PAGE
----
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Mol Nutr Food Res. 2010 Jul;54(7):1004-13. doi: 10.1002/mnfr.200900127.

Consumption of barley beta-glucan ameliorates fatty liver and insulin resistance in mice fed a high-fat diet.

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Division of Metabolic Diseases, Center for Biomedical Science, National Institute of Health, Tongillo, Eunpyung-gu, Seoul 122-701, Korea.


Consumption of a diet high in barley beta-glucan (BG) has been shown to prevent insulin resistance. To investigate the mechanism for the effects of barley BG, three groups of male 7-wk-old C57BL/6J mice were fed high-fat diets containing 0, 2, or 4% of barley BG for 12 wk. The 2% BG and 4% BG groups had significantly lower body weights compared with the 0% BG group. The 4% BG group demonstrated improved glucose tolerance and lower levels of insulin-resistance index and glucose-dependent insulinotropic polypeptide. Consumption of the BG diet decreased hepatic lipid content. Mice on the BG diet also demonstrated decreased fatty acid synthase and increased cholesterol 7alpha-hydroxylase gene expression levels. The BG diet promoted hepatic insulin signaling by decreasing serine phosphorylation of insulin receptor substrate 1 and activating Akt, and it decreased mRNA levels of glucose-6-phosphatase and phosphoenolpyruvate carboxykinase. In summary, consumption of BG reduced weight gain, decreased hepatic lipid accumulation, and improved insulin sensitivity in mice fed a high-fat diet. Insulin signaling enhanced due to the expression changes of glucose and lipid metabolism genes by BG consumption. Consumption of barley BG could be an effective strategy for preventing obesity, insulin resistance, and the metabolic syndrome.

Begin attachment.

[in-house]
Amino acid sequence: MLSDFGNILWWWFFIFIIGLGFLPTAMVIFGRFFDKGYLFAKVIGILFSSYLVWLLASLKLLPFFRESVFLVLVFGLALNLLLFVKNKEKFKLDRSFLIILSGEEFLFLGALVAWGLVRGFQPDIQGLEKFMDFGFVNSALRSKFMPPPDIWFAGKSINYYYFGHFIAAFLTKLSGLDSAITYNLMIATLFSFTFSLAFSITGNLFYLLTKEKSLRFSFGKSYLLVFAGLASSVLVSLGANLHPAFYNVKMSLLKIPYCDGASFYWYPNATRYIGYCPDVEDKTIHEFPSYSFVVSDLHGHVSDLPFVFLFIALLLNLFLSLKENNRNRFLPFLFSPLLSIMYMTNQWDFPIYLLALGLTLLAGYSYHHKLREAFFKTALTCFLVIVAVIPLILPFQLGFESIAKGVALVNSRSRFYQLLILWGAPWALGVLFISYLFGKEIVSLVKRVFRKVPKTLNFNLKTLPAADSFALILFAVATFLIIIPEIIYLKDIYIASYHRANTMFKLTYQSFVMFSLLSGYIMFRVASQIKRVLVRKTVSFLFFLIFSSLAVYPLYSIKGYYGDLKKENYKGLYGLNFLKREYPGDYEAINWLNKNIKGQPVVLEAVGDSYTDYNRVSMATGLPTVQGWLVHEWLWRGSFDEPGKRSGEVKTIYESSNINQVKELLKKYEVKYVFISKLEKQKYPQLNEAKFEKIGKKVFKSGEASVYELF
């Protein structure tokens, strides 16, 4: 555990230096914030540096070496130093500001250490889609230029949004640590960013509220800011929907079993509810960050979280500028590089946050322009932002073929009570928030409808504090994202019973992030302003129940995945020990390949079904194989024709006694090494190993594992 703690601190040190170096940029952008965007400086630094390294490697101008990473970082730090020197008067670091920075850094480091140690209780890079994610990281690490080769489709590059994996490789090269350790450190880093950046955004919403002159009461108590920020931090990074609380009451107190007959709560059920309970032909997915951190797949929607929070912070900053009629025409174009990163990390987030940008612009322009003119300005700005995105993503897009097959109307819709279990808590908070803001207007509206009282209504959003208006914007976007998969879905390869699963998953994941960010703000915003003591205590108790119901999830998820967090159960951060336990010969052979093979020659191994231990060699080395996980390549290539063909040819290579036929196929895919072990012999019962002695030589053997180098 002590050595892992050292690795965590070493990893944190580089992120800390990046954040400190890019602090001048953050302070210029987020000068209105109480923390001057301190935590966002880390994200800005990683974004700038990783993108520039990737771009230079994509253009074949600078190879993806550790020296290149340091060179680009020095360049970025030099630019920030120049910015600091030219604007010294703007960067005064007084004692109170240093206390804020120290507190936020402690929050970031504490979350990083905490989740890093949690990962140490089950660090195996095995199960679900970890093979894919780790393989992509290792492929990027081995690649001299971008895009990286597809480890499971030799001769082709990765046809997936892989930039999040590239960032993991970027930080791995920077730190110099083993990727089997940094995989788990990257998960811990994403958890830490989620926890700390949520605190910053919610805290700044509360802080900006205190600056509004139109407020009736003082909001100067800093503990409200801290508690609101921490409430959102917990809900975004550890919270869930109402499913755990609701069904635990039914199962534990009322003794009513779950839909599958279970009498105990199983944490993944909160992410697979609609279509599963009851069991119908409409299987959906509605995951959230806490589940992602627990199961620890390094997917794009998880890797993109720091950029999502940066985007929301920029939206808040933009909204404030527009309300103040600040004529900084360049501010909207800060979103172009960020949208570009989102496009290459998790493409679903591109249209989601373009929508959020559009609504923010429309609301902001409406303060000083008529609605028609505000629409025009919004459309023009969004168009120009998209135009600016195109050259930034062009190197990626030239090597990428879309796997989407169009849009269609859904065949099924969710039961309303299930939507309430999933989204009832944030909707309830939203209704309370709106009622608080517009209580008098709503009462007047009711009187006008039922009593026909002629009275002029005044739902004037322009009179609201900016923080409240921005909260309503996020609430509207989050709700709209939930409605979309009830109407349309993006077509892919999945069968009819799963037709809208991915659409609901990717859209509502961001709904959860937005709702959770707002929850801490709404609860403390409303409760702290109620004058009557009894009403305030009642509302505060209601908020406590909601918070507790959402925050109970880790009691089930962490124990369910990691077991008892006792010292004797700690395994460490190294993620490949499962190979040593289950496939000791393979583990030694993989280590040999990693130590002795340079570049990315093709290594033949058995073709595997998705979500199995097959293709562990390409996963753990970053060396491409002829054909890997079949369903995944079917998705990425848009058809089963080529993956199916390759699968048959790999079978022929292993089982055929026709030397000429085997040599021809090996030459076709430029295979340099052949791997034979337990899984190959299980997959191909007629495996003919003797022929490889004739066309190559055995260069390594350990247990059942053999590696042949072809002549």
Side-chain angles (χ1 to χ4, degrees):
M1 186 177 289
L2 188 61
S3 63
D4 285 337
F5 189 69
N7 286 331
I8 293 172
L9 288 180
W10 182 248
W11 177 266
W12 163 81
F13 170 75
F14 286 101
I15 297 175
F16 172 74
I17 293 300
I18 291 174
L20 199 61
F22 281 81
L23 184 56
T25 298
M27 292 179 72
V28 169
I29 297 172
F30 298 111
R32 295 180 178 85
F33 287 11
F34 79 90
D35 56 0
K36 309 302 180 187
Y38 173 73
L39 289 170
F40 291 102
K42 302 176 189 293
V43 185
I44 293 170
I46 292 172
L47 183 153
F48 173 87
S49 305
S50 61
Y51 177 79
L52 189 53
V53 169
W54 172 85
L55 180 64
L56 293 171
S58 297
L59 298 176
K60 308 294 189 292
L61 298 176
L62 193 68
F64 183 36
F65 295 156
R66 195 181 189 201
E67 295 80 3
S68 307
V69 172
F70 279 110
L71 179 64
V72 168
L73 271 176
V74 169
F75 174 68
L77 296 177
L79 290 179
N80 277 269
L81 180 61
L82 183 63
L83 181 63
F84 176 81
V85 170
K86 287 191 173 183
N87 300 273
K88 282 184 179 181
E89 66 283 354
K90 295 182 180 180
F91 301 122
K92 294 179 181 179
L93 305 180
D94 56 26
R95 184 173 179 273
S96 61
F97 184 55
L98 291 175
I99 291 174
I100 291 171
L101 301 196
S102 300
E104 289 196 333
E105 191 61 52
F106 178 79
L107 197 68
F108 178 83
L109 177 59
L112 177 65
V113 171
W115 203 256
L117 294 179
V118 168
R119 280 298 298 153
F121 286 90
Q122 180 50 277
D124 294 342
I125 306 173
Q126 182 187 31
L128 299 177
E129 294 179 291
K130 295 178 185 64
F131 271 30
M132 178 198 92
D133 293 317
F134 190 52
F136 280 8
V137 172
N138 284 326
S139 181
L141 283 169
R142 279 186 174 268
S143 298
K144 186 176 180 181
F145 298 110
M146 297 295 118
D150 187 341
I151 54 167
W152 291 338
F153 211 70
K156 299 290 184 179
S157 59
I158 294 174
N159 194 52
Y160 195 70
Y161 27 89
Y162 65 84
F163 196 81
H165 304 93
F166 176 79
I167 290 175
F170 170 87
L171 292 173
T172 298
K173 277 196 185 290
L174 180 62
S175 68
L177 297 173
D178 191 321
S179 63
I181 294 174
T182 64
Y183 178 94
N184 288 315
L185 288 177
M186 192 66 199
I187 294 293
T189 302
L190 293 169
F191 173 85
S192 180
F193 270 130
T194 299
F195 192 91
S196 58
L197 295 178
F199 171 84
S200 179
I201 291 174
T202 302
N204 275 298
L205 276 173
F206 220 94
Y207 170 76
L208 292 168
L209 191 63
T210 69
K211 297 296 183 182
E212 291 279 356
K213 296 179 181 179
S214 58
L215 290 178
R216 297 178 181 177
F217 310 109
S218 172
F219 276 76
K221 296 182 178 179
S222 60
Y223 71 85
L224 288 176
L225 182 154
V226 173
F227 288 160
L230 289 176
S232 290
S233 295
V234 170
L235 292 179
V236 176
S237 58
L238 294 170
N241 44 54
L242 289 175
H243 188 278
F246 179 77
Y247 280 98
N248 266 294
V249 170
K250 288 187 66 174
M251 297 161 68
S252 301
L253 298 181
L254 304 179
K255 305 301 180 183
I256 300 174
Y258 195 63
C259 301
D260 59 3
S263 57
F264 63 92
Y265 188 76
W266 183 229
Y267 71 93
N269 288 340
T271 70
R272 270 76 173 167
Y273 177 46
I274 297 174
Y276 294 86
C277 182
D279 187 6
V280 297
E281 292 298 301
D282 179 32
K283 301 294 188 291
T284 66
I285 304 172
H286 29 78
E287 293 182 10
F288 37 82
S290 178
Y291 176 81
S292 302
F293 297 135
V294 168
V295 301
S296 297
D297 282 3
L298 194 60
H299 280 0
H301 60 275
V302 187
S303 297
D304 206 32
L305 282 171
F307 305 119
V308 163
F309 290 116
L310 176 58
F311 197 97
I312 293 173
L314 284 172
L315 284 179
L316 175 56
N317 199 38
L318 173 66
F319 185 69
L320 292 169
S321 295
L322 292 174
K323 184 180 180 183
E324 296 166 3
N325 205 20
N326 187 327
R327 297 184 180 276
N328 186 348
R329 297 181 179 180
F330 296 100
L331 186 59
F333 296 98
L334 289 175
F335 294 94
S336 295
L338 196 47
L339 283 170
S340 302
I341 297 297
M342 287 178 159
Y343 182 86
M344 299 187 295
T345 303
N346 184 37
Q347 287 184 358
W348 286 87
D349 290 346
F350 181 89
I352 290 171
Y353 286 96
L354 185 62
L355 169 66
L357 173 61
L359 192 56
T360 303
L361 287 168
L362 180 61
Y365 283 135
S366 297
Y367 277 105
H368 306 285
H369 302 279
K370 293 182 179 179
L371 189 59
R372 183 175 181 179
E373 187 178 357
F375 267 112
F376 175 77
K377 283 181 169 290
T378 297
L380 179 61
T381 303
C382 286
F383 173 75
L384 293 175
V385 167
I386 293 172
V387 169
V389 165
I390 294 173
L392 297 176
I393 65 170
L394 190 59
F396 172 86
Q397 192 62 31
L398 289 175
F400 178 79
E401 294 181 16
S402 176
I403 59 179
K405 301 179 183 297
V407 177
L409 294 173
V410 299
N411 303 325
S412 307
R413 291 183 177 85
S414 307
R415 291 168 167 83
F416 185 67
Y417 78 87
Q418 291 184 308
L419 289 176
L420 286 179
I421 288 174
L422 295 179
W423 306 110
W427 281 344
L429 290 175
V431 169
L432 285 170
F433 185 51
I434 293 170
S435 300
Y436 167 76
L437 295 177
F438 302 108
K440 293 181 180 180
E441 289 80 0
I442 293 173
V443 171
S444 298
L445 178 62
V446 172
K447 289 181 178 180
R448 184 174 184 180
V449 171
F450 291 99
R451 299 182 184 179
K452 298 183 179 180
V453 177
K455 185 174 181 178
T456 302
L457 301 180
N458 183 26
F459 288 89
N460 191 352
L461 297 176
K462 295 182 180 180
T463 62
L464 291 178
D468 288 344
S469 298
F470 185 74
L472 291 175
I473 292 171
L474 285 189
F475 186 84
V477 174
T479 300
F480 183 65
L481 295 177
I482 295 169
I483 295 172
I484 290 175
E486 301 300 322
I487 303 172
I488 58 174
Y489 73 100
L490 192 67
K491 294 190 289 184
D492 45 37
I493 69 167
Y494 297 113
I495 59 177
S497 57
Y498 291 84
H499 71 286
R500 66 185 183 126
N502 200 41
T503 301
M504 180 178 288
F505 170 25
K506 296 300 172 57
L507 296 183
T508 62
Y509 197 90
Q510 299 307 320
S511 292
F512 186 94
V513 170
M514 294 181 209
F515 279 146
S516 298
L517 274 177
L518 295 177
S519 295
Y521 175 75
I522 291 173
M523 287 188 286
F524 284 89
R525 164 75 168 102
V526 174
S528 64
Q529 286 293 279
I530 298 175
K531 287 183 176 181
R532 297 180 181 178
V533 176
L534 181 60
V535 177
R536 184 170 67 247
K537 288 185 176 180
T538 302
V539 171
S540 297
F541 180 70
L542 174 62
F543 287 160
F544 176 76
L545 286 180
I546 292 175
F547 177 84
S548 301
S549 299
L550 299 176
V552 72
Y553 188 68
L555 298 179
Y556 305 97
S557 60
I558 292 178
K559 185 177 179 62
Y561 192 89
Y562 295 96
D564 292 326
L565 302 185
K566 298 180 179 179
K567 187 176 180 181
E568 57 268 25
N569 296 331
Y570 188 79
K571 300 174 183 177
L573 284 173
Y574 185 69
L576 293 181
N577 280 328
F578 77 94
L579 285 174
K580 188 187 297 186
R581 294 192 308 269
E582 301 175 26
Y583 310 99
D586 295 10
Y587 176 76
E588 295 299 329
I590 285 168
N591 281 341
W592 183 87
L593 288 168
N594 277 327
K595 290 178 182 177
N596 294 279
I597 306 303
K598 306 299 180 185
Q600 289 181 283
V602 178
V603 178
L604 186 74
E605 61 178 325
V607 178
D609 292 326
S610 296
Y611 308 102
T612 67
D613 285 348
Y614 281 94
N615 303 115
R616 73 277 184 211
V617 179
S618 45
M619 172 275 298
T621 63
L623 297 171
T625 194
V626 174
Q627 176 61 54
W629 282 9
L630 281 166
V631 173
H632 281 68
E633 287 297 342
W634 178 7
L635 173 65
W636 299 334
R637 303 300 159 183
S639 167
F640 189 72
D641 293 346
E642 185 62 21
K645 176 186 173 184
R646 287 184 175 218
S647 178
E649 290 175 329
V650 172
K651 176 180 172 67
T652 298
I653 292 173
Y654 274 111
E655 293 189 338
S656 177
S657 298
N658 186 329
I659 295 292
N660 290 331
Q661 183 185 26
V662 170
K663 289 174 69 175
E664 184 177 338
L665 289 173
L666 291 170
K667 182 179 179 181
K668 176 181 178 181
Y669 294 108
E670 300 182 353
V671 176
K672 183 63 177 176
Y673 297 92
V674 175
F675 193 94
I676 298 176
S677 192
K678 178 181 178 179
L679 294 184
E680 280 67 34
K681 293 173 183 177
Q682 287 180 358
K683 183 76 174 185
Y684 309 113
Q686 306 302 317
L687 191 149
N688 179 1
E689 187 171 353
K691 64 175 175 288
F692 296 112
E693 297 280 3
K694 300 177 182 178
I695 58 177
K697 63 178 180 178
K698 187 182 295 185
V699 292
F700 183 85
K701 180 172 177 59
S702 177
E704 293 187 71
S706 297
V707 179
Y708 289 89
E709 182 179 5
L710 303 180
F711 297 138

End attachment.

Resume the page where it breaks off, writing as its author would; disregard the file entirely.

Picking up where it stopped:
[Indexed for MEDLINE]

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